Speaking of the Balinese Room—not only did it host such notaries as Bob Hope, Peggy Lee and Howard Hughes in its heyday, but the margarita was allegedly invented there in 1948. Since it was built on a pier hanging 600 feet over the Gulf, the owners of the gambling hall were able to skirt the law by playing the song, “The Eyes of Texas are Upon You,” anytime the Texas Rangers were spotted on the pier. Staff would flip over the gambling tables before the club could be breached but sadly, the rangers finally got wise in 1956 and busted the club coming from the other side—via boat.

Lounges and Libations

While the Balinese Club may be gone, there are many opportunities to partake of a fancy beverage while wandering around the island. Galveston Island Brewery offers Tiki Wheat—the official beer of Galveston—among its many other libations. The brewery, which celebrated its 10th anniversary in June, has created more than 350 beers in the last decade, despite starting production on old dairy equipment that they converted into brewery equipment.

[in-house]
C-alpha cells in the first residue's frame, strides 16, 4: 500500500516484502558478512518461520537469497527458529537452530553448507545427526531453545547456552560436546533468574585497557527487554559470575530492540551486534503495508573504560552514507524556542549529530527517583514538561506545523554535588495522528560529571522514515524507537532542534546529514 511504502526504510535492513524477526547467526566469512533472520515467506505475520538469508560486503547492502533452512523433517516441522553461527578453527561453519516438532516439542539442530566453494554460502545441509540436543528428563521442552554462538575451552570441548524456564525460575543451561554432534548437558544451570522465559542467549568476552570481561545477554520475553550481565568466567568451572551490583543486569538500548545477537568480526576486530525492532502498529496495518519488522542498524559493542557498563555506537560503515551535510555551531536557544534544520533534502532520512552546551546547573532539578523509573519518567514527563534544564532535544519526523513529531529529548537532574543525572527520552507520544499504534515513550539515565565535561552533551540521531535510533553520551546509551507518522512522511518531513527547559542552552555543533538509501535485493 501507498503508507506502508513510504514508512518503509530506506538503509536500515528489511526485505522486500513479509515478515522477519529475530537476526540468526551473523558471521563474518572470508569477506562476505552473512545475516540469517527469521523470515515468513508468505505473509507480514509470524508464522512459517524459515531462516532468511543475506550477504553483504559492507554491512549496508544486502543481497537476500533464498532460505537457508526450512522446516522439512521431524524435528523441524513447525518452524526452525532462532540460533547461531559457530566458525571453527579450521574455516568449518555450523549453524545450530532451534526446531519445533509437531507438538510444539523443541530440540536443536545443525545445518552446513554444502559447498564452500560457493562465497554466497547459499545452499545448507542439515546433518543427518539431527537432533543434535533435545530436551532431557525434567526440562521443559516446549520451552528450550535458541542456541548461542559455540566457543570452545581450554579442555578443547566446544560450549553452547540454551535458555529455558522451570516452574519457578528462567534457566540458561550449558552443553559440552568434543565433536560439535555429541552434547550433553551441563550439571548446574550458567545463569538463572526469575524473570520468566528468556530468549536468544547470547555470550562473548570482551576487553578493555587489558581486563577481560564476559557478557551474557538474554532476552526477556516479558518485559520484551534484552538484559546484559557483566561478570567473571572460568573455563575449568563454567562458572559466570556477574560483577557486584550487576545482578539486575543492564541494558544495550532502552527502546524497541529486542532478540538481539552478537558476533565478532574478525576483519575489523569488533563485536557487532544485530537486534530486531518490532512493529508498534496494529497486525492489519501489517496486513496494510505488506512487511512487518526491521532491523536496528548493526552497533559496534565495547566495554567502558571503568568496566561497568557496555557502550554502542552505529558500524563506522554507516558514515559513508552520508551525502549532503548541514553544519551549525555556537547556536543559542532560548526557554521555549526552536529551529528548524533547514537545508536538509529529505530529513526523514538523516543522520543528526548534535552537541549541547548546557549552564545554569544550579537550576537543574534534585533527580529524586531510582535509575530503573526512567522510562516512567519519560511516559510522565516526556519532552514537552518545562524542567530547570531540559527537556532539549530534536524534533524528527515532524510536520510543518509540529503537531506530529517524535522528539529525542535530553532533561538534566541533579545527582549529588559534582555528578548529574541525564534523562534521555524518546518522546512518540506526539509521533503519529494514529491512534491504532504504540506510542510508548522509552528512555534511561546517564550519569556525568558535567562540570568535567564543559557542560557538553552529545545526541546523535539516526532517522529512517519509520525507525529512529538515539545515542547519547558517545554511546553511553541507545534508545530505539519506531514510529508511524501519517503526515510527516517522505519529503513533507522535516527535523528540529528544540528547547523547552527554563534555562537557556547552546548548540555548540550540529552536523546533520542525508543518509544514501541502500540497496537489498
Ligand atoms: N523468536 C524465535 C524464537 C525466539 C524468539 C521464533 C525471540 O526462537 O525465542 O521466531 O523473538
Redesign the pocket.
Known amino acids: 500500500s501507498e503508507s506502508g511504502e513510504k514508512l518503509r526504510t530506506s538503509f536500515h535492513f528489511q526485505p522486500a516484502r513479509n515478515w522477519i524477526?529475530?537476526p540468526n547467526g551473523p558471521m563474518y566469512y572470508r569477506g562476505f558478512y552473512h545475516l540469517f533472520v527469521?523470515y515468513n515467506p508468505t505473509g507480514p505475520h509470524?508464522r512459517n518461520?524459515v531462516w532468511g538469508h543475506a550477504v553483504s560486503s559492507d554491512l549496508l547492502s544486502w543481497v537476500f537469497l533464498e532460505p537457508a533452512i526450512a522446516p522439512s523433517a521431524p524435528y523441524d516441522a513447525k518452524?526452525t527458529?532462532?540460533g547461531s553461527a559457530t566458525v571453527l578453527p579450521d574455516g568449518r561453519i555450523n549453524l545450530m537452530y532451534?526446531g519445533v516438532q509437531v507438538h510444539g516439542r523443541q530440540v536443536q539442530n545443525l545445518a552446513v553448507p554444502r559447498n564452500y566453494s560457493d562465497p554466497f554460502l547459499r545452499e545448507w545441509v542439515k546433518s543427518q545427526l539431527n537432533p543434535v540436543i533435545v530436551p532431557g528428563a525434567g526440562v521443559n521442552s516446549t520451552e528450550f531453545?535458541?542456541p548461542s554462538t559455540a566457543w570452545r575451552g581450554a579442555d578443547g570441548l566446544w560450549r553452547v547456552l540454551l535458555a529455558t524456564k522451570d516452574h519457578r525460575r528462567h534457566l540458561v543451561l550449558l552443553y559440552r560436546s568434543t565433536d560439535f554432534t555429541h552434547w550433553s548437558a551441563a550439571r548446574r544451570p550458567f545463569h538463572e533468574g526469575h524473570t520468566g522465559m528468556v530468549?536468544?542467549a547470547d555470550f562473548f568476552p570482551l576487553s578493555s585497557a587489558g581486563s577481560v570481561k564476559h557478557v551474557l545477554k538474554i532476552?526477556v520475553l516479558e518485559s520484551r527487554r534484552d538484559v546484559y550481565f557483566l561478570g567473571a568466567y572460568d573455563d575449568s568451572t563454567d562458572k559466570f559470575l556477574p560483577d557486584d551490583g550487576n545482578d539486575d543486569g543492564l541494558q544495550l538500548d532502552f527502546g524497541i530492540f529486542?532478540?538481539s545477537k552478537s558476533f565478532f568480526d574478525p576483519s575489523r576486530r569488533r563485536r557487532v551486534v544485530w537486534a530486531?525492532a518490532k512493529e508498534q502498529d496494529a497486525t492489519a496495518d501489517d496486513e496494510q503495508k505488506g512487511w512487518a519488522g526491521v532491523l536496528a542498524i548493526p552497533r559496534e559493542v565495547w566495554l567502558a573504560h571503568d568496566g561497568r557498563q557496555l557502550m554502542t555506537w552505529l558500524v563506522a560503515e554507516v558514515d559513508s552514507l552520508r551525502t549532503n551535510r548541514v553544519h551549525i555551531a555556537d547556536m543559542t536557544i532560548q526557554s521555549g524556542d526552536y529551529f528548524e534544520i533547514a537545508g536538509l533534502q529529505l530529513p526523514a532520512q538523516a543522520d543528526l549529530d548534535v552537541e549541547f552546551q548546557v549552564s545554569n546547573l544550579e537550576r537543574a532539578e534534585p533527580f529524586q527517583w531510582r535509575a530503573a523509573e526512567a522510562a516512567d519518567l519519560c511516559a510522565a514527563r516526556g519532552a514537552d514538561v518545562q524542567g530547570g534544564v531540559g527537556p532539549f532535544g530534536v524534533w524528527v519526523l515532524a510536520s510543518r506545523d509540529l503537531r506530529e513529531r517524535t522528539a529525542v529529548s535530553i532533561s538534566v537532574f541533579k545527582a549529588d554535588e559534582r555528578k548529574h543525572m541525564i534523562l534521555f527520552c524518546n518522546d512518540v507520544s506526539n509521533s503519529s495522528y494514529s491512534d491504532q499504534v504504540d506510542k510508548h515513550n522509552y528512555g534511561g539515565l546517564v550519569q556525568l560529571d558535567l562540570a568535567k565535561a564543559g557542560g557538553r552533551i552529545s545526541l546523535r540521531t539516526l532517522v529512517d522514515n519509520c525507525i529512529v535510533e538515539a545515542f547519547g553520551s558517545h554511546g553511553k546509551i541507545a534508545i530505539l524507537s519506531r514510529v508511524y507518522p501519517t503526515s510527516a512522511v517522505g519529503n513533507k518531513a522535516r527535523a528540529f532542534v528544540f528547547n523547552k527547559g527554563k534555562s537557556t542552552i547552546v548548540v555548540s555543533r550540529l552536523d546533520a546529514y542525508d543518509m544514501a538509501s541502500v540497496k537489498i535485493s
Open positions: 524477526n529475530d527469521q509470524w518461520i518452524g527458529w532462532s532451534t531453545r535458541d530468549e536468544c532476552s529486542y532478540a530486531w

Texas Tail Distillery, the first distillery on the island, opened in 2020 and offers a wide array of quality cocktails featuring its Texas Tail Vodka, Coastline Whiskey and Seawall Shine. In addition to a roomy, beach-themed indoor lounge area, it also has a fun outdoor courtyard featuring brightly colored murals and beach games.

Daiquiri Time Out, located in the West Market District, is a striking example of honoring the past in a funky, fresh way. The lounge boasts a classic speakeasy feel with vibrant pink couches and a book of drinks that includes a table of contents since there are so many choices inside. At any given time, bartenders can make up to 180 drinks, though there are “only” 60 on the menu. One special surprise is the Tiki speakeasy located outside the bar, where those who know the code (printed in the bar’s newsletter) can enter through a secret door (though you do need reservations).

Visitors can even blend their accommodations with their activities in Galveston. Moody Gardens, a 240-acre complex on the bay, features an Aquarium Pyramid, Rainforest Pyramid and Discovery Pyramid that are highly entertaining as well as educational. The now public nonprofit started in the mid-1980s with a hippotherapy program run out of a horse barn, and the complex has grown to become one of the premiere leisure/wellness sites in the Southwest.